Almost as many songs have been written about ‘time’ as have been written about ‘love.’ Why? Because time—either too much, or too little–can make all the difference in many things, including a love affair or a business deal.
Take that business deal for example, a buyer is excited about buying the business his broker has shown him. And the more due diligence he does, the more excited he gets. Unfortunately, he hasn’t been doing anything about buying that business except for the due diligence, and he’s been taking his time with that. He wants everything to be just right.
But he hasn’t applied for the loan he will need to finance part of the purchase. He hasn’t talked to anyone about insurance, his accountant or his financial planner about accessing his 401K. He’s done nothing about making sure the landlord will continue with the current lease agreement.
Unfortunately, the bank has a process they must go through, too. And that takes time. All of the other people he considers part of his ‘team’ of advisors also have other commitments and needs they have to fit into their schedules. Once he’s decided he want to go forward on the deal, a lot of time can pass before much progress is made.
And the excited buyer can’t understand when the deal starts to fall through.
The seller has decided there must be a problem with the buyer. Is his financial situation weak? Maybe the buyer can’t handle managing the business. The seller can’t be faulted for a perception that the buyer isn’t really serious. The seller very well may look at other buyers more seriously since this deal seems to be at a standstill.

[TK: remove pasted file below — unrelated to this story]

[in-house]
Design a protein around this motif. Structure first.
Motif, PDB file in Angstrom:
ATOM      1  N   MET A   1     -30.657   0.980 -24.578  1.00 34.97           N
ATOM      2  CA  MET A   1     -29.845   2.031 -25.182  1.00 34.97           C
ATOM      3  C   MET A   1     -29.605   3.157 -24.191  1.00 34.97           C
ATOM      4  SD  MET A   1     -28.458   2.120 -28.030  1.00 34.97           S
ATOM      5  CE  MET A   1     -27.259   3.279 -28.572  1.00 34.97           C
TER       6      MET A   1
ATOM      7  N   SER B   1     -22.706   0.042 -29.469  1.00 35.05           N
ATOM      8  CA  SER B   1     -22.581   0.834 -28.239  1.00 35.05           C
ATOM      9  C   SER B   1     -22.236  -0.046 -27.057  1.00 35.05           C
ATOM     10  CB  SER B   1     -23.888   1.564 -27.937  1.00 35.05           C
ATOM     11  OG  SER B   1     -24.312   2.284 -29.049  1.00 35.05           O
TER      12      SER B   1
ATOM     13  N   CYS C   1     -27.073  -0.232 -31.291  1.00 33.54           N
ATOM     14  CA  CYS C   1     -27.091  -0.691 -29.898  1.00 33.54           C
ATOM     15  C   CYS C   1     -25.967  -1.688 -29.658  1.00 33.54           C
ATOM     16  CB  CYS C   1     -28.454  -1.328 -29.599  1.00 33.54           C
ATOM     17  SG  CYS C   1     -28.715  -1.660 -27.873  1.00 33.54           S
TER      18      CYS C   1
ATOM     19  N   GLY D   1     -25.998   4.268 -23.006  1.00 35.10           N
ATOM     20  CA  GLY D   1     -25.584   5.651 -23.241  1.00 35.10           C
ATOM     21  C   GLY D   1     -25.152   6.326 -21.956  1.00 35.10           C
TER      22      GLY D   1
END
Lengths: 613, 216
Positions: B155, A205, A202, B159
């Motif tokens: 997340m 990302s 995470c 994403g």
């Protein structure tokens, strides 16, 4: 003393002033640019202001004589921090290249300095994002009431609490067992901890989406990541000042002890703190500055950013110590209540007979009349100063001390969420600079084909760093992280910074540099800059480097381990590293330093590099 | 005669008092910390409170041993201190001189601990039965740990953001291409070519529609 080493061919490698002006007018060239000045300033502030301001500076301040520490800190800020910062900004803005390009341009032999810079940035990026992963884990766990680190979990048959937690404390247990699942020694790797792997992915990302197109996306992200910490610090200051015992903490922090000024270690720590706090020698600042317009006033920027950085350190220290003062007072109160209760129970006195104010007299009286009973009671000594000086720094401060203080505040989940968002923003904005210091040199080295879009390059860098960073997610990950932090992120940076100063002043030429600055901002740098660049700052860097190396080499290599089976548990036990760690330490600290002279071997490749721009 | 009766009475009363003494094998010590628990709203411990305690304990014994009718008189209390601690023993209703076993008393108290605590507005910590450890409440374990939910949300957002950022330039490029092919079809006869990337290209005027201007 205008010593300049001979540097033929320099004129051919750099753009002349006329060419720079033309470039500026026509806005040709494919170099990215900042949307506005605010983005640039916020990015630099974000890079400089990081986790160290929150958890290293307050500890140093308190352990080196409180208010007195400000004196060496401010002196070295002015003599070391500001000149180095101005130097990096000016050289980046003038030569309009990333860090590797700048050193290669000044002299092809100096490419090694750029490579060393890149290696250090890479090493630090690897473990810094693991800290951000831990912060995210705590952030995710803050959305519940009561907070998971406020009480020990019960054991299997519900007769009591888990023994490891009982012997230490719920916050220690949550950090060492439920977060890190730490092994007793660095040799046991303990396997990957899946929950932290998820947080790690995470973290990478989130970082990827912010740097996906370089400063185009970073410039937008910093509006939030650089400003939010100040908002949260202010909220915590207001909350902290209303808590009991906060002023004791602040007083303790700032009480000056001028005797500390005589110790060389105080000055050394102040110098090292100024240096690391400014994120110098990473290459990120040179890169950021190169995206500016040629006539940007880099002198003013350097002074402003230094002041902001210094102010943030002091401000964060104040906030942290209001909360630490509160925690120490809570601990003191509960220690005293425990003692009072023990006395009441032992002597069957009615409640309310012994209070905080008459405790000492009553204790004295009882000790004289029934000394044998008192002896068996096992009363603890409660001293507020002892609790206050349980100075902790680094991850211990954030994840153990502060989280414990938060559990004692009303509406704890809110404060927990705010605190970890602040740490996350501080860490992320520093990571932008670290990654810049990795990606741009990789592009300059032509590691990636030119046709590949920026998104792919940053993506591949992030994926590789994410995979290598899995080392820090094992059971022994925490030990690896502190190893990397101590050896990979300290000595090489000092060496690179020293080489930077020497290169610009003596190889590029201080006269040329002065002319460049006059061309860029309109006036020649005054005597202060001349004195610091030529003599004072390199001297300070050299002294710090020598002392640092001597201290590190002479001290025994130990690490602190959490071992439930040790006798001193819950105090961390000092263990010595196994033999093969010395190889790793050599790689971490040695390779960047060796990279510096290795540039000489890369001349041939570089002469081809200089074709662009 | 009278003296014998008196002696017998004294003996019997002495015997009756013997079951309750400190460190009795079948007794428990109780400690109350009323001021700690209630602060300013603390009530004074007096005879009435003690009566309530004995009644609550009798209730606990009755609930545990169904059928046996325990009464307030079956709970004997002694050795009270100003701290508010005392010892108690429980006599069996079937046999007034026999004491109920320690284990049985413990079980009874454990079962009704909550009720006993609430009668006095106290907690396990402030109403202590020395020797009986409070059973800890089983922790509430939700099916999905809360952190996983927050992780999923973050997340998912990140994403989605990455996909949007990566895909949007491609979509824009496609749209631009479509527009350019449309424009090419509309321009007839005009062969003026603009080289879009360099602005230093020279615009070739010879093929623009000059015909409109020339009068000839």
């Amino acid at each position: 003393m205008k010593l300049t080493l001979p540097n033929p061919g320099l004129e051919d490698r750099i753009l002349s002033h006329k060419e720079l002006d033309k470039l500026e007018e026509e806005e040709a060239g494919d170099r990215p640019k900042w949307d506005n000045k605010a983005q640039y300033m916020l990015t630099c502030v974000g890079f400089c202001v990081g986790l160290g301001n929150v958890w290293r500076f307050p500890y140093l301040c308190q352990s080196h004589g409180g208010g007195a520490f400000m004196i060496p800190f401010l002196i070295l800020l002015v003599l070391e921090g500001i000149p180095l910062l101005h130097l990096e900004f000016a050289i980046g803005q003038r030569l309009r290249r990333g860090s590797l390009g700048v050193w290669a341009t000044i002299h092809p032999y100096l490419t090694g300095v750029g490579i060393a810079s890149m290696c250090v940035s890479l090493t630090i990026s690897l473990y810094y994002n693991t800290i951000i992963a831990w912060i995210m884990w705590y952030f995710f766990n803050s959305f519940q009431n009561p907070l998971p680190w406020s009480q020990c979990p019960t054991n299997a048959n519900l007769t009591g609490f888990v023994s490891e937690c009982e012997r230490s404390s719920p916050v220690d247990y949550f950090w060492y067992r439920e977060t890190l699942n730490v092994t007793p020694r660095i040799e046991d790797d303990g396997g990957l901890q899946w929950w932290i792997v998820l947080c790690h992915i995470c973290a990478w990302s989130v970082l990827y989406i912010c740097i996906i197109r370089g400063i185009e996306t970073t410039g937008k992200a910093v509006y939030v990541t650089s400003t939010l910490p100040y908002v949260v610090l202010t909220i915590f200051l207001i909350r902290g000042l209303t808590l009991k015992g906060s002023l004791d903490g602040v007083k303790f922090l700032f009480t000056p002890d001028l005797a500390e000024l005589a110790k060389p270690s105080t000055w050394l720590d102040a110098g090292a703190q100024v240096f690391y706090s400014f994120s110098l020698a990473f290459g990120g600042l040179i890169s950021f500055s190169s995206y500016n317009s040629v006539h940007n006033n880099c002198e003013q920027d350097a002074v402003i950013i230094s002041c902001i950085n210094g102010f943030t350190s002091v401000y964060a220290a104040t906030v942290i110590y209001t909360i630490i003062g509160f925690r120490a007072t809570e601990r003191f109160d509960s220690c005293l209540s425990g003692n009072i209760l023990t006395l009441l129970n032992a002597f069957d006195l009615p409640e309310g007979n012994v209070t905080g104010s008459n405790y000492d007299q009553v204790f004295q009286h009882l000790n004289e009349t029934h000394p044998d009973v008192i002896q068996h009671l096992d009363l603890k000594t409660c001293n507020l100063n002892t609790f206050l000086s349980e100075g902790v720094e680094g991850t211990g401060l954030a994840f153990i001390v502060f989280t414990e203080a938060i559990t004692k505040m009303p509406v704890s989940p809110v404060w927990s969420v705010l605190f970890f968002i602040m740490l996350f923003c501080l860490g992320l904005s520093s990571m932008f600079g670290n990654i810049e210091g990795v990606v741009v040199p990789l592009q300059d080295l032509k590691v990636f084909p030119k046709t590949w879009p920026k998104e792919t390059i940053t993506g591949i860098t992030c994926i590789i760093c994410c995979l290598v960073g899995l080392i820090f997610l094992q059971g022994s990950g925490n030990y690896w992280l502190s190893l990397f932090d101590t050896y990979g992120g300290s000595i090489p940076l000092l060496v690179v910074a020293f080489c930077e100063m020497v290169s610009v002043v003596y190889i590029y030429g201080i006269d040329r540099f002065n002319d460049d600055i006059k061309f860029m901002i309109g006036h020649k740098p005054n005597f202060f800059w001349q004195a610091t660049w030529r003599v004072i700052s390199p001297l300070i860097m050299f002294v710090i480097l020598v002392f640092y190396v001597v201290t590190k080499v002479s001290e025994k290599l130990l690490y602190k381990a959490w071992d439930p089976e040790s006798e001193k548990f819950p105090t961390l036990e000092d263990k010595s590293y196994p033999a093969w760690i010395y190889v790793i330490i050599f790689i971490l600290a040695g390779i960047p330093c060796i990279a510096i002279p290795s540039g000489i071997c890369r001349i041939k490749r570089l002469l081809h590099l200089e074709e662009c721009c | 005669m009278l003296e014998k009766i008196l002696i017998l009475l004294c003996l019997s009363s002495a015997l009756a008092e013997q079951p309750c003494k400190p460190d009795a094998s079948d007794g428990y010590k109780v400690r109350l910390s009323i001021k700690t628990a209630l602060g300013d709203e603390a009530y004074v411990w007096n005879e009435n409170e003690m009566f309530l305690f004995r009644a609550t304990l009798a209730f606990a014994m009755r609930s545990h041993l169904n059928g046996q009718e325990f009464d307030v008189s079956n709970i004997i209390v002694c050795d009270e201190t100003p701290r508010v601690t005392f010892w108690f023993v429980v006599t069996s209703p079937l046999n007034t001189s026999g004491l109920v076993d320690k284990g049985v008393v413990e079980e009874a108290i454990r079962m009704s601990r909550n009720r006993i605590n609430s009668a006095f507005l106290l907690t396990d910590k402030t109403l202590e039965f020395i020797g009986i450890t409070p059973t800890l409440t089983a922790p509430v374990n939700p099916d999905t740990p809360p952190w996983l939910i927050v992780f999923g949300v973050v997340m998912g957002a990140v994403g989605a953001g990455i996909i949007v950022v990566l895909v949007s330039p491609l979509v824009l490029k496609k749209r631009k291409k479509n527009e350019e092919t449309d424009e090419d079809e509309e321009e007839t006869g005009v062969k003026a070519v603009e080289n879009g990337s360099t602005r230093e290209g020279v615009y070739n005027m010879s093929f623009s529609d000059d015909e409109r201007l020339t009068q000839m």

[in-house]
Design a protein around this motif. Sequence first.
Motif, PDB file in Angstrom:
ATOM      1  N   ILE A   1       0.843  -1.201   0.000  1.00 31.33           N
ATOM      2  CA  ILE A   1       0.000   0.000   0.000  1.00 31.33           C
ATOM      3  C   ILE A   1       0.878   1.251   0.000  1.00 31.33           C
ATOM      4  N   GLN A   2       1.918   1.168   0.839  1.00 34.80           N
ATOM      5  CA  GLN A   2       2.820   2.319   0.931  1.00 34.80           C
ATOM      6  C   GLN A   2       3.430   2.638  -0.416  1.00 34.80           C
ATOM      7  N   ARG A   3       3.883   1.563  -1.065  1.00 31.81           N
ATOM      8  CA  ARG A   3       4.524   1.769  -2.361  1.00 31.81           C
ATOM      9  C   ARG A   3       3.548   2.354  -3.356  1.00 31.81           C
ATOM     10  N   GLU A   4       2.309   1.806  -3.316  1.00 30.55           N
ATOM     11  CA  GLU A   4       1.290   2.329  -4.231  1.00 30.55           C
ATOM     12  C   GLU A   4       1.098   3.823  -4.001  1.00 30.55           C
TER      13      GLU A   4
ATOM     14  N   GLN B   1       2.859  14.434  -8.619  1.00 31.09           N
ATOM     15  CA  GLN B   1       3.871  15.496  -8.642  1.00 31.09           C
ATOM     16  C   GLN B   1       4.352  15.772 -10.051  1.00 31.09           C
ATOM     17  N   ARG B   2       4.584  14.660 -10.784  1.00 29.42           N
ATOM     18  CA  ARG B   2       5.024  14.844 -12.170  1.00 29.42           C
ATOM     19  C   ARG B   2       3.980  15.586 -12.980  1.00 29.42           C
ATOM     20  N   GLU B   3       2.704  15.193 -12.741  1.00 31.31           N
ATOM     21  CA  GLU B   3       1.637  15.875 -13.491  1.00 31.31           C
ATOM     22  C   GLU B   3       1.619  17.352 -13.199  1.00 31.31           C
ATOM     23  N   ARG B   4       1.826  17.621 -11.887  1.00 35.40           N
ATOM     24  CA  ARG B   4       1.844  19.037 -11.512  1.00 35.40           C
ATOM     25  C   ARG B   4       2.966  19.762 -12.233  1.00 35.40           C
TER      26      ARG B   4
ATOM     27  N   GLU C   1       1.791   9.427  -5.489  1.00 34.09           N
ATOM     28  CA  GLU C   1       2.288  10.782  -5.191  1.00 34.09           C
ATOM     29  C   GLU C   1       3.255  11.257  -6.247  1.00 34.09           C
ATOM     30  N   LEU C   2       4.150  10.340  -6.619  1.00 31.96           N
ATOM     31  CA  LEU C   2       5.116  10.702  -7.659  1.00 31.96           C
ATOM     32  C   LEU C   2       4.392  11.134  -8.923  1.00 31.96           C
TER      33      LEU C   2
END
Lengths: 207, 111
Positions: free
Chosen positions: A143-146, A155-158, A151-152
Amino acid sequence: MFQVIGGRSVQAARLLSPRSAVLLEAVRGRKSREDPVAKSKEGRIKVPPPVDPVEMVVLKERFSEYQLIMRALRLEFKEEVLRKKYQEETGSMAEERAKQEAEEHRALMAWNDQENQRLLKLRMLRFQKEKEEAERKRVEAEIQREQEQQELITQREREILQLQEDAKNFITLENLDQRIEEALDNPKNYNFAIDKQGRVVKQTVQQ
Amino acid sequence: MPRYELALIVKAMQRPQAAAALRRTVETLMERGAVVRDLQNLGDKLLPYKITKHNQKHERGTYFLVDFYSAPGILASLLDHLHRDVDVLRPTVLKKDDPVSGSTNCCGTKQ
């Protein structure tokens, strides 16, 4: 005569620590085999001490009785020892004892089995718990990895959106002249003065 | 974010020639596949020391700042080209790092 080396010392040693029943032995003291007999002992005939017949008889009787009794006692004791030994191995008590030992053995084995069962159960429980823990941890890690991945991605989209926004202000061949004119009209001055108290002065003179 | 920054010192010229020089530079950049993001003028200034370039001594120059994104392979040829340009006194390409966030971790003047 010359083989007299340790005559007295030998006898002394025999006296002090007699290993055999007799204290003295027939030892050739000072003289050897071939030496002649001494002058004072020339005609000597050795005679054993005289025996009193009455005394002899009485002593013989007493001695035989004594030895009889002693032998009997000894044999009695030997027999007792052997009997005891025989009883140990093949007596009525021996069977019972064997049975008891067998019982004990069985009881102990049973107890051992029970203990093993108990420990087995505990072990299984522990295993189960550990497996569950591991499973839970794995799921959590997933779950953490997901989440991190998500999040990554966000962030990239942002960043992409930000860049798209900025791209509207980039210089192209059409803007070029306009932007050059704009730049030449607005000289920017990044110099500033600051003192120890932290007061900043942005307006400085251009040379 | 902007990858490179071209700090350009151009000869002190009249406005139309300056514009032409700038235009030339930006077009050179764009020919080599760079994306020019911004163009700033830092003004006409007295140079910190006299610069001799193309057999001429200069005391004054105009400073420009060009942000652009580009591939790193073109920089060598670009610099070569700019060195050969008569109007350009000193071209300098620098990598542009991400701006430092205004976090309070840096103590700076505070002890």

“Deal Fatigue” is something that happens quite frequently, but not because it has to. “Deal Fatigue” can be totally avoided, but not without work, effort and…time.
If the buyer is showing his serious intentions by doing his due diligence and applying for his bank loan at the same time, the seller is going to feel the buyer’s urgency.
If the buyer is gathering the information needed for insurance, licenses and a long-term lease, the seller is going to know that progress is being made, even if it isn’t obvious.
If the buyer is starting to negotiate terms for the buy-sell agreement and his attorney is documenting what is agreed to and advising on technical points, the seller can feel assured that a down payment might be coming soon.
A serious buyer must be in control of time. It means he is setting due dates and following up at the appropriate time. He’s keeping the lines of communication open through his Peterson Acquisitions broker. The buyer is being a leader and the seller will see it and feel confident he doesn’t need to be looking over the current buyer’s shoulder for a ‘more serious’ buyer.
And it will only be a matter of time before everyone meets at the closing table.